190. NICKERSON, b. abt. 1773. [He married Fanny Norton (630). They were the parents of Serena Chase.]

80. ABEL CHASE , ( Joseph,3 Isaac,2 Thomas1 ), b. 9 Oct. 1719 res. E., hatter. He m. MERCY MAYHEW (107) 14 Feb. 1744, who was b. 22 July 1725 and d. 23 Feb. 1807. He d. 25 Jan. 1808.

200. BENJAMIN, b. 23 Dee.1745 m. ELIZABETH BROCK 27 Feb.1768.
201. ZEPHANIAH, b. 14 Mch. 1748 m. (1) ABIGAIL SKIFFE (104) 10 Oct. 1773 (2) LOVE (WEST) SKIFFE (136) 16 Jan. 1785 rem. to Windham, N. Y. [Shirley Pond Albert [email protected]> writes that Zephaniah and Lovey Chase had a son David West Chase, who was taken as a baby to Jewett, NY in the Catskills. David m. Abigail Pratt (dau. of Zadock Pratt) and they had a daughter Lucy Ann Chase who married Aaron Pond.]

89. THOMAS CHASE , ( Joseph,3 Isaac,2 Thomas1 ), bapt. 24 June 1739 res. Boston, to which place he rem. as a young man and became a distiller in Auchmuty's Lane. He m. (1) ANNA FIELDS (2) MRS. ELIZABETH (COLLINS)? BAGNALL 10 Oct. 1771. He was an ardent patriot in the pre-Revolutionary times and took part in the famous "Boston Tea Party." He became officially connected with the American Party and was a member of the Committee of Inspection 1774. He joined the army after hostilities began and gradually rose to the rank of Deputy Quartermaster General of the Massachusetts Forces 1779. By m. he was connected with Gen. Thomas Mifflin of Pennsylvania. He d. 17 May 1787. "He was humane, benevolent and a sincere friend of this Country" said the Massachusetts Centinel of that date. His wid. Elizabeth m. (2) WILLIAM GREENLEAF (int. 20 Nov. 1792) and d. 19 Aug. 1808 at Stoughton, Mass.

210. ANNA, b. 20 Nov. 1764 d. y.
211. ANNA, b. 10 Aug. 1765 m. ABEL ALLEYNE (int.) 27 Oct. 1787.
212. THOMAS, b. 23 June 1767.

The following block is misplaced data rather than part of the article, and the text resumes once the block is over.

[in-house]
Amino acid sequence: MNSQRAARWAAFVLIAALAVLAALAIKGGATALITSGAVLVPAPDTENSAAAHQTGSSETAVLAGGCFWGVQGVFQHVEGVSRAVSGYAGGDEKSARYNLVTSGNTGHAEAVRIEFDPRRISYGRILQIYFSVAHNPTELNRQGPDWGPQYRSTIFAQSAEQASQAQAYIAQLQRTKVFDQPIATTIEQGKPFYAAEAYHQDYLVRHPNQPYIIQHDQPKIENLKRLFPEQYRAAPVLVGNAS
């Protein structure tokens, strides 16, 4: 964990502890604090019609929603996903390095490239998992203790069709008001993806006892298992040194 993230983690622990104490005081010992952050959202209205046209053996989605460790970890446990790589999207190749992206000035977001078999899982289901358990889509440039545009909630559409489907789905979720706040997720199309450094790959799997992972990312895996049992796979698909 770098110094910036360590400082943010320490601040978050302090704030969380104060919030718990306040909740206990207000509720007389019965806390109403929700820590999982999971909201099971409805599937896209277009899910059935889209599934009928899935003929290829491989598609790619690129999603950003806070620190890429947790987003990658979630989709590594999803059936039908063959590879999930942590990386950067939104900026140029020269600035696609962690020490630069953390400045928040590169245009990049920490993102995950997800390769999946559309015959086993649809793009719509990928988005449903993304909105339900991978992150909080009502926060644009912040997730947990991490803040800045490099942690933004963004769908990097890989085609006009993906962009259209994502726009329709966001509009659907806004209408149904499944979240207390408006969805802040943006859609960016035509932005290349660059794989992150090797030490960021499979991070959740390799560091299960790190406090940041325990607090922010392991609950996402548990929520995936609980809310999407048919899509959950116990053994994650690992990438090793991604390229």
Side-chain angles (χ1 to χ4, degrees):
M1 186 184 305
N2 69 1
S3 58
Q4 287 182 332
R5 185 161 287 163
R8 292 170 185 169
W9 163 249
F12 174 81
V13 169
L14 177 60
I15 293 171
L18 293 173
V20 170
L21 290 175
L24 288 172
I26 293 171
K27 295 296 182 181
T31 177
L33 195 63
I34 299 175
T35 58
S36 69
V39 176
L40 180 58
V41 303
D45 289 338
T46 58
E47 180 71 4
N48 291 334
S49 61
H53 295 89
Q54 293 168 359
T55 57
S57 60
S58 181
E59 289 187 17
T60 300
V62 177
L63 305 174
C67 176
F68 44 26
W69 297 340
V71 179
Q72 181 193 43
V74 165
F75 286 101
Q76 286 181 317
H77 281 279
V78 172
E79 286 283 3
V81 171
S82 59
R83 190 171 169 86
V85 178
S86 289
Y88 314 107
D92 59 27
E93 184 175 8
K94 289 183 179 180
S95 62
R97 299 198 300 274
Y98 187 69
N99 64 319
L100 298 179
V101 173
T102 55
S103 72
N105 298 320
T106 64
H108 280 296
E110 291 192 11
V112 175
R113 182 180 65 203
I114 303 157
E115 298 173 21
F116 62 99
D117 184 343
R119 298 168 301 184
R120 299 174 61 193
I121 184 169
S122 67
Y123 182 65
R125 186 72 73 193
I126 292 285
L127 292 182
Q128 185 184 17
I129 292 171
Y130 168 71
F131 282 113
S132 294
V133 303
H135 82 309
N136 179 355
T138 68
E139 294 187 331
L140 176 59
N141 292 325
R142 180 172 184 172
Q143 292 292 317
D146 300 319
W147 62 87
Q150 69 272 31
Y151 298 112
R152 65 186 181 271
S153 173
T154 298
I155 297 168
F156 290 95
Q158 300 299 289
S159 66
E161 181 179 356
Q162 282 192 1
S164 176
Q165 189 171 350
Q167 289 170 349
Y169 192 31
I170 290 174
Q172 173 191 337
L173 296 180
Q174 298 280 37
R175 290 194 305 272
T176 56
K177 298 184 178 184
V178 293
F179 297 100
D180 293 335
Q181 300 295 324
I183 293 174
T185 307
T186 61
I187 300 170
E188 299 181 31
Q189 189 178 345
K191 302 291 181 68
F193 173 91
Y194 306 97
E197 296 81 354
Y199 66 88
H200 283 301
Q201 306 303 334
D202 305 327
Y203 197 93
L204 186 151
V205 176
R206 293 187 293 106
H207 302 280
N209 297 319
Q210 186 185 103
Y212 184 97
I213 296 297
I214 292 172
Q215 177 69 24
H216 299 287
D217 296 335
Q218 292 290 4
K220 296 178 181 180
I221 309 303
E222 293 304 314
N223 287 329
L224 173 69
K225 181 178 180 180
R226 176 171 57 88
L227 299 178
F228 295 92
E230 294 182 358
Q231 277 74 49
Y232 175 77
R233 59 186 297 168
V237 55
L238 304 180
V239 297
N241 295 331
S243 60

213. JOSEPH, b. 23 Mch. 1769 perh. d. y.
By Second Wife:
214. ABIGAIL, b. 10 June 1772.
215. (JOSEPH W.?).

100. SAMUEL CHASE , ( Thomas,4-3 Isaac,2 Thomas1 ), b. 26 May 1734 res. T. farmer. He m. JEDIDAH MAYHEW (200) who was b. 3 Mch. 1733 and d. 23 Feb. 1807. He rem. to Livermore, Me. and d. there 2 Aug. 1801.

220. SARAH, b. 9 Sept. 1753 m. WILLIAM MERRY (37) 27 Oct. 1774.
221. THOMAS, b. 30 Sept. 1755.
222. ELIZABETH, b. ( 1757 ) m. WARD TILTON.
223. SAMUEL, b. ( 1769 ) m. and lived in London, Eng.
224. LOTHROP, b. ( 1760 ) rem. to Virginia and m. there.
225. TRISTRAM, b. ( 1762 ) m. MARY MERRY (122).
226. SARSON, b. ( 1764 ).
227. OLIVE, b. 12 Aug. 1766 m. JAMES NORTON (571) 26 Mch. 1789.
228. LYDIA, b. 4 Feb. 1772 m. MOSES HILLMAN (198) 11 Sept. 1794.
229. PAINE, b. ( 1774 ) lost at sea, never heard from.
230. PRUDENCE, b. 6 July 1776 m. NAPOLEON JONES.

110. THOMAS CHASE , ( Nathan,4 Isaac,3-2 Thomas1 ), b. abt. 1724 res. T., yeoman. He m. SARAH CLAGHORN (82) 28 Apr. 1751, who was b. abt. 1727. He was living in 1790, but further knowledge of this family is wanting.

231. NATHANIEL.
232. NATHAN.
233. JAMES.
234. ANN
235. MARY, b. 29 Apr. 1769 m. SAMUEL LAMBERT (71) 4 Apr. 1787.
236. LYDIA.
237. ABRAHAM.

113. SHUBAEL CHASE , ( Nathan,4 Isaac,3-2 Thomas1 ), b. abt. 1728 res. Nantucket, cordwainer. He m. SARAH MANTER (63) 27 July 1758 came to T. abt. 1760.

240. PARNELL, b. 14 Nov.1759 m. GEORGE BROWN.
241. GEORGE, b. 16 July 1761 m. REBECCA COFFIN 17 July 1788.

114. ISAAC CHASE , ( Nathan,4 Isaac,3-2 Thomas1 ), b. abt 1730 res. Nantucket, yeoman. He m. MERCY CHADWICK 23 Nov. 1752. He d. prob. 1763 as his wid. was app'd. admx. of his est. in Dec. of that year.

250. JONATHAN, m. MARY SMITH 9 Mch. 1783.
251. BENJAMIN, b. 1760.
253. ISAAC, m. EUNICE BROWN 22 Feb. 1778.

135. JOSEPH CHASE , ( Isaac,4-3-2 Thomas1 ), b. 6 Aug. 1750 res. T. "North Shore", farmer. He m. (1) MARTHA HILLMAN (147) 26 Nov. 1772, who was b. 4 Nov. 1748, and d. 9 Jan. 1788 m. (2) EUNICE ROTCH (46) 14 July 1796, who was b. 1769 and d. 7 Sept. 1818. His will 28 Jan. 1824 was pro. 3 Dec. 1824.

270. (Son) b. ( 1773 ) d. 1794 at sea.
271. LOVE, b. 1774 m. WILLIAM DOWNS (61) 7 Nov. 1793.
272. HANNAH, b. 3 Feb. 1776 m. STEPHEN NEW 10 Jan. 1802.
273. RHODA, b. 14 Sept. 1779 m. FREEMAN DAGGETT (125).
274. FRANCIS, b. l July 1781 m. PRISCILLA LUCE (800) 8 Dec. 1803.
275. JOSEPH, b. 29 Apr. 1783 m. HANNAH ROBINSON (126) 22 June 1819.
276. CONSTANT, b. (1786) m. CHARLOTTE LUCE (1000) 28 May 1812.
By Second Wife:
277. WILLIAM, b. 27 Dec. 1800 m. TEMPERANCE GRAY (111) 26 Sept. 1821.